Dangers of Castronoid espionage exposed again, for the millionth time
Here is an article that won't please those who continue to deny Castrogonia's clout in the world of espionage and terrorism.
Of course, the usual suspects will continue to portray the Castro Kingdom as a peaceful, non-interventionist, impoverished victim of the U.S. "blockade." And many will believe them and ignore all the evidence to the contrary.
Some day, years from now, historians will puzzle over the quasi- hypnotic abilities of the Castronoid propaganda machine and the disconnect they were able to create and maintain between the hard facts about Castrogonia's dangerousness and the public's perception of those facts in the so-called Free World.
From The National Interest
by William Rosenau and Ralph Espach
Cuba's Spies Still Punch Above Their Weight
Despite a withered economic base, few exports of any value, and a repressive state bureaucracy, Cuba and the Castro regime have an outsized international presence. Recently, Havana appeared to be the international diplomatic broker for former U.S. intelligence analyst Edward Snowden’s asylum applications to various Latin American countries with a history of poor relations—and no extradition treaties—with the United States.
This July, Panamanian authorities seized a North Korean cargo vessel loaded with aging Cuban military equipment. Hidden under tons of Cuban sugar, the equipment was reportedly on its way to North Korea for refurbishment. This bizarre episode—an uncharacteristic misstep by the Cuban government—led to United Nations sanctions inspections and drew new attention to Cuba’s ongoing security relationships with pariah states like North Korea.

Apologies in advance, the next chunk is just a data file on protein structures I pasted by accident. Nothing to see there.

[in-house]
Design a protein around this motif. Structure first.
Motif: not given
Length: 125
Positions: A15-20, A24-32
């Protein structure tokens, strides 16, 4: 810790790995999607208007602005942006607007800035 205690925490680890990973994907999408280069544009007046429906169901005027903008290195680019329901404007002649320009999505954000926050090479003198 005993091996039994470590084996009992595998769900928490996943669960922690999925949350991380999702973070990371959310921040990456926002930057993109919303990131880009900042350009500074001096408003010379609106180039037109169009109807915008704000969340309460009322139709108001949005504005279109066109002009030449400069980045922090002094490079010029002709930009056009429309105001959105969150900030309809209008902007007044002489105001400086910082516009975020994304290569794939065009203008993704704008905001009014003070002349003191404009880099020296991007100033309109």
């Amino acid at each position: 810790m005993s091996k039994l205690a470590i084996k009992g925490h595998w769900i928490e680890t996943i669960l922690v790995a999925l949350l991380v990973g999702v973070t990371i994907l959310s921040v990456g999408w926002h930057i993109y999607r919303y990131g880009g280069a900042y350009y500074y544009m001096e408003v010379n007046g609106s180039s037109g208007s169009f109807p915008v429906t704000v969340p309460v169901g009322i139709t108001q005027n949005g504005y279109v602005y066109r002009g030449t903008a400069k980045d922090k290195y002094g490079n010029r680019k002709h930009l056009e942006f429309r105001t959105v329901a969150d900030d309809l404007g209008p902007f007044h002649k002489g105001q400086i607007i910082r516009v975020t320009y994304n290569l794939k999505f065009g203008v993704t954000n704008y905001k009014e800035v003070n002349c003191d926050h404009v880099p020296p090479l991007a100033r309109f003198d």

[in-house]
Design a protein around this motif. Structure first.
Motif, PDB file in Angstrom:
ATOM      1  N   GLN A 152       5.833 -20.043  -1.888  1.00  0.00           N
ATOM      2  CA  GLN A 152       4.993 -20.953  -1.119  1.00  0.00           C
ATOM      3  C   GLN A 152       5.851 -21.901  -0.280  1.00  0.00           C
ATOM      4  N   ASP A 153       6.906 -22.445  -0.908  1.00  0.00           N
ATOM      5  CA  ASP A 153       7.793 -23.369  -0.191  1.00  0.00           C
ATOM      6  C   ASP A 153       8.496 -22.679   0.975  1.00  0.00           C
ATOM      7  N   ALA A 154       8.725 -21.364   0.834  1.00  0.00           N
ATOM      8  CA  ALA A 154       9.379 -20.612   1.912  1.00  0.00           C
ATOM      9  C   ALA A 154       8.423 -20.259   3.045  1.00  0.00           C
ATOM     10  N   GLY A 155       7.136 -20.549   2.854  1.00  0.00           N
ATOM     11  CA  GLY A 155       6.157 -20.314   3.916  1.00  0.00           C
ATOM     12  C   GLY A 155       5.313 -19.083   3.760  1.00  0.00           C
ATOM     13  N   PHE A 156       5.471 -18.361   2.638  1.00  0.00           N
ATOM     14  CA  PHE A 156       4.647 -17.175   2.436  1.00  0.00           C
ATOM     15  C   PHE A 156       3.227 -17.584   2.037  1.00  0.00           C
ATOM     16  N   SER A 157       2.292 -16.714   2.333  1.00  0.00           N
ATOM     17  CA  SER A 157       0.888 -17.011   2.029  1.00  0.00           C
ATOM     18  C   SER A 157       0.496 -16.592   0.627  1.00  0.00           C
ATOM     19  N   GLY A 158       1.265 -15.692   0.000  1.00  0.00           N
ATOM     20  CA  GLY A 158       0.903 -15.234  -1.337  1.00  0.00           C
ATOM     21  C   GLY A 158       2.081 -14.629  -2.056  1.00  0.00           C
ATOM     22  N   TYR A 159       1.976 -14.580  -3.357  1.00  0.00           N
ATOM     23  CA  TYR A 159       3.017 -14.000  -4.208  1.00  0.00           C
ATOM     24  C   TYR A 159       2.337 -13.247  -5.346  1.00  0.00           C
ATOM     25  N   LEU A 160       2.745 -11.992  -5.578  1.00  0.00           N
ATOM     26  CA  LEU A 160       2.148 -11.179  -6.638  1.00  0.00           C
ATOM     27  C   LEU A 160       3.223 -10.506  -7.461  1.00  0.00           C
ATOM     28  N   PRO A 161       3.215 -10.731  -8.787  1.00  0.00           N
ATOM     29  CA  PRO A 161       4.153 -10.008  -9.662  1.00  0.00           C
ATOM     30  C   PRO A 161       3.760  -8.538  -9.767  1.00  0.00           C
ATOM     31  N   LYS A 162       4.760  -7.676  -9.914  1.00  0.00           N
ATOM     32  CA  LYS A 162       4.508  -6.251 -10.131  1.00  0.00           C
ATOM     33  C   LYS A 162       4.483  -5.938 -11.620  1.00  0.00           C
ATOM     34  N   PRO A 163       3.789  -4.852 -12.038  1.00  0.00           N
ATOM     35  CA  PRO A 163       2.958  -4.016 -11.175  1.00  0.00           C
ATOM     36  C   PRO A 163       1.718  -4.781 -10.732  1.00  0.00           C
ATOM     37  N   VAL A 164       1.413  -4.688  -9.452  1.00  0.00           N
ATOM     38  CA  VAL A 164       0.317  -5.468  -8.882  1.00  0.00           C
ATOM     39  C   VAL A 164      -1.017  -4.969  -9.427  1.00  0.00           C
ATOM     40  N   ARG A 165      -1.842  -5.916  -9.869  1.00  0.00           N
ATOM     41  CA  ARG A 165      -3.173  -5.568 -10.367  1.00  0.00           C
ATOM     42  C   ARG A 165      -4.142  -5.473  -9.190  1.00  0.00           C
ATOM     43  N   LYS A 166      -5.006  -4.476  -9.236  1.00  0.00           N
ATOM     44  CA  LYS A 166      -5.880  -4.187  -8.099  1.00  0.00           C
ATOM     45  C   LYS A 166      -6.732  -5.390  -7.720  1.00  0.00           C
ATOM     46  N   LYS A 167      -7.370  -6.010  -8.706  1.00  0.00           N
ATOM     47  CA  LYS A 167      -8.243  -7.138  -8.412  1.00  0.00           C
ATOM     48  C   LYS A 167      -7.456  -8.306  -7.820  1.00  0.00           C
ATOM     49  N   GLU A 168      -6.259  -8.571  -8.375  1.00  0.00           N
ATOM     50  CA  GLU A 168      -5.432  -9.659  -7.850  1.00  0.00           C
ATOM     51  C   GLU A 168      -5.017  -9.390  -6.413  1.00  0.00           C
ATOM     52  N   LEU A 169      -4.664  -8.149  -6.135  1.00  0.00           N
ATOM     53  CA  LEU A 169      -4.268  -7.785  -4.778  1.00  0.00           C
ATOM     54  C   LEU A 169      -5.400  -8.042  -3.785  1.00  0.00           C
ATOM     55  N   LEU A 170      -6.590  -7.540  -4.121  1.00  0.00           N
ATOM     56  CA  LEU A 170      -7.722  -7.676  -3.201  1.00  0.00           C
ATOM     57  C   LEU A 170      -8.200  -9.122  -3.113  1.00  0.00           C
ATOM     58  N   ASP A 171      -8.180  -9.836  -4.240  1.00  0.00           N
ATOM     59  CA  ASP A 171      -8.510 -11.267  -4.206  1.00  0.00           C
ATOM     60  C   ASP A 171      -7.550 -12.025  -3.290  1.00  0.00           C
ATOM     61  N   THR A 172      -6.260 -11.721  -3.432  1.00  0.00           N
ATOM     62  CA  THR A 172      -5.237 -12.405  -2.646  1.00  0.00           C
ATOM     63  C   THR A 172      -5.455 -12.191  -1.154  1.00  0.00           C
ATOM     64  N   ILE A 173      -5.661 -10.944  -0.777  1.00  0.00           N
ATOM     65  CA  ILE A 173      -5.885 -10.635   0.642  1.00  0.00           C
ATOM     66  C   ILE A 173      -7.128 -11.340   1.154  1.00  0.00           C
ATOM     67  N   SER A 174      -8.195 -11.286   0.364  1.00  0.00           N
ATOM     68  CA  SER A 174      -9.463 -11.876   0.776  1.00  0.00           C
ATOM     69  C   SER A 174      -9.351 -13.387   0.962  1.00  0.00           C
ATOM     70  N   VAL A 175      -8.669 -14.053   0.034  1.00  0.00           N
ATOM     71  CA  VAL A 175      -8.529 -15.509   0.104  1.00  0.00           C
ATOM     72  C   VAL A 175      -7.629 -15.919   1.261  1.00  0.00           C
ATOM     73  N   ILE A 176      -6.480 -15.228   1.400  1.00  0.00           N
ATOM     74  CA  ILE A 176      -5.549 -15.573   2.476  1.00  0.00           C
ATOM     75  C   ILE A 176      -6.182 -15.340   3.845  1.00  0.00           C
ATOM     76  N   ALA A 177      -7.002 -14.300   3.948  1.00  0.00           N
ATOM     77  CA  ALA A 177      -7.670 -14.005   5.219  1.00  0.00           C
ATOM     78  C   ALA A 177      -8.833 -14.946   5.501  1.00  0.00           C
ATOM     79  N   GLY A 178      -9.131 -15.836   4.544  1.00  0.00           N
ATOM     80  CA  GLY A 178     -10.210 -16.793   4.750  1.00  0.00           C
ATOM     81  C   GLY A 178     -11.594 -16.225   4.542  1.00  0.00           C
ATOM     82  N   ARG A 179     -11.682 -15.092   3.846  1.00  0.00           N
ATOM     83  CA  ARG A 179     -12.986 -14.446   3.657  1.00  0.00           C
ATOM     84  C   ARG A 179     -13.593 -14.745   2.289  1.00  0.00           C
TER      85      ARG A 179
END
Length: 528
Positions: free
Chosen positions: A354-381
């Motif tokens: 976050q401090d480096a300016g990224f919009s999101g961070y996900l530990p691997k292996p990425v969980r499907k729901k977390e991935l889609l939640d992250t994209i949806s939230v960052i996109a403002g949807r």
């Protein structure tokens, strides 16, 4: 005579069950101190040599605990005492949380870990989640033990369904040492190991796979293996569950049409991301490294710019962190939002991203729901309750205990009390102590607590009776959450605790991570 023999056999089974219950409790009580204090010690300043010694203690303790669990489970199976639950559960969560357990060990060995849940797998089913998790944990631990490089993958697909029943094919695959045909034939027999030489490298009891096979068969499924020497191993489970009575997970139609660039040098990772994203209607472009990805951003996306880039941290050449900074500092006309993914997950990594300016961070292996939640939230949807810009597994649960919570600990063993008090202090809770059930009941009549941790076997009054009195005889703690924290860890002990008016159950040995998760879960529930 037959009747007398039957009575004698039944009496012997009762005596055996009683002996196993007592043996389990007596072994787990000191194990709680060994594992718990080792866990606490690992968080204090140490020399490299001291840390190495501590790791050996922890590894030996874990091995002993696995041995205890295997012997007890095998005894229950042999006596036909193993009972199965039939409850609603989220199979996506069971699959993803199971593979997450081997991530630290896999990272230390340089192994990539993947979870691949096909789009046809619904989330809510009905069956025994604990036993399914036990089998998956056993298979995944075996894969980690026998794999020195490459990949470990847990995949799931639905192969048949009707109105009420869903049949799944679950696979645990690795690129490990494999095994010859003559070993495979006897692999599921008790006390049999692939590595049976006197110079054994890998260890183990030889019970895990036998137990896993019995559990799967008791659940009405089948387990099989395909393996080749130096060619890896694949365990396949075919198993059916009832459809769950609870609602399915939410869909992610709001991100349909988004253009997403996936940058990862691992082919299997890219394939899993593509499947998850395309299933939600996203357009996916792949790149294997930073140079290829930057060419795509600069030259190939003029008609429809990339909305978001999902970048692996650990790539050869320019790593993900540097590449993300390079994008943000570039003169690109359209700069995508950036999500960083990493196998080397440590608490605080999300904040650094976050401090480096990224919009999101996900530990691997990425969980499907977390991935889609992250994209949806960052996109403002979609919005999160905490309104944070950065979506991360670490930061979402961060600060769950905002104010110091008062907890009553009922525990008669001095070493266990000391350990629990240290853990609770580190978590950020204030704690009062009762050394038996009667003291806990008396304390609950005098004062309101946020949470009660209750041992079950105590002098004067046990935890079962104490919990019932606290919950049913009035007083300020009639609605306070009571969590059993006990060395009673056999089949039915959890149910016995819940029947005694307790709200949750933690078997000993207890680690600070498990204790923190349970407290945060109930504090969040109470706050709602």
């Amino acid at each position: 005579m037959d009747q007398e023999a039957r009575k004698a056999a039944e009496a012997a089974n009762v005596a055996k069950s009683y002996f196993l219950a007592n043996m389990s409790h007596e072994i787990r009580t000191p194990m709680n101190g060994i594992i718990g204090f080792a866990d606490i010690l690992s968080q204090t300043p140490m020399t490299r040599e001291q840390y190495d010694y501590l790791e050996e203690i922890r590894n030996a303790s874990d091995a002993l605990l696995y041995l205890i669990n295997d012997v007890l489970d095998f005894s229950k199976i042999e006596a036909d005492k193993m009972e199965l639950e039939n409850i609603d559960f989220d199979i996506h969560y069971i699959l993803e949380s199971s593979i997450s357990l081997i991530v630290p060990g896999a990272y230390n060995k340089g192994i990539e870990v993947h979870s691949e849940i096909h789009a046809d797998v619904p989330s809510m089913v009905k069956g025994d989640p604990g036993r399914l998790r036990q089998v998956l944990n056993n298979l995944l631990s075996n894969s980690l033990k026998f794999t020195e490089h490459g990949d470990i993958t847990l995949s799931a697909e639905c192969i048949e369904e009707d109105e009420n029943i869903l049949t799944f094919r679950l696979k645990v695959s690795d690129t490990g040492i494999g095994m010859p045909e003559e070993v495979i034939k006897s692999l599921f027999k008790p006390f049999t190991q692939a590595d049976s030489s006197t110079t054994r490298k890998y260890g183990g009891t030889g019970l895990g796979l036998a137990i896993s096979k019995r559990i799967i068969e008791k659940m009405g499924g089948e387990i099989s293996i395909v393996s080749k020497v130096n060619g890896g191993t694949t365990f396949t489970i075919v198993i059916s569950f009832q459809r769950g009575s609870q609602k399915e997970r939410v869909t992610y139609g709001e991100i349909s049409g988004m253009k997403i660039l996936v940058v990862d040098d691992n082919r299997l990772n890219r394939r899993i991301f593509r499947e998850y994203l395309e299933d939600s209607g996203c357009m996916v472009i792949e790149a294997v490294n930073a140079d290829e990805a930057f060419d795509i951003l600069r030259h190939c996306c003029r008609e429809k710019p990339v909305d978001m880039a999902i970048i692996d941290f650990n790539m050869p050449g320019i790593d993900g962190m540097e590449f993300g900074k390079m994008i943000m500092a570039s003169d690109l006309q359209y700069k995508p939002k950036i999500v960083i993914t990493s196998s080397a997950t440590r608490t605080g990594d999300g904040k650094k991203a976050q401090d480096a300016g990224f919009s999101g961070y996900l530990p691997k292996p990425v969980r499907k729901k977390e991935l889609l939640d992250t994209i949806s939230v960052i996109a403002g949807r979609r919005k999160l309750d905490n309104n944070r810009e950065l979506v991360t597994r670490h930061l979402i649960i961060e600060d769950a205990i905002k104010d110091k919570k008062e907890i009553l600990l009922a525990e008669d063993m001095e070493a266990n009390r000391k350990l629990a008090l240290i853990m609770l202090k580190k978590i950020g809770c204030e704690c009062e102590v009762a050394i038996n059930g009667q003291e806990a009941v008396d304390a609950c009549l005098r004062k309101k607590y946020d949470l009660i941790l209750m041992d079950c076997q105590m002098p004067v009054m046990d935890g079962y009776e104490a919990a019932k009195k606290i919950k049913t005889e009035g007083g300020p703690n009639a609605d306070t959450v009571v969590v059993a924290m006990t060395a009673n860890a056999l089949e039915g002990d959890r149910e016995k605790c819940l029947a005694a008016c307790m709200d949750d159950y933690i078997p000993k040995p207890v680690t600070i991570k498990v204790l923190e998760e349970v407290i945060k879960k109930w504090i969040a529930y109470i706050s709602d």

What explains the fact that, time and again for decades, the small, poor island nation manages to position itself at the fulcrum of superpower relations, especially within the Americas? At least part of the answer relates to a Cuban core competence: its aptitude for espionage. Cuban intelligence services are widely regarded as among the best in the world—a significant accomplishment, given the country’s meager financial and technological resources.
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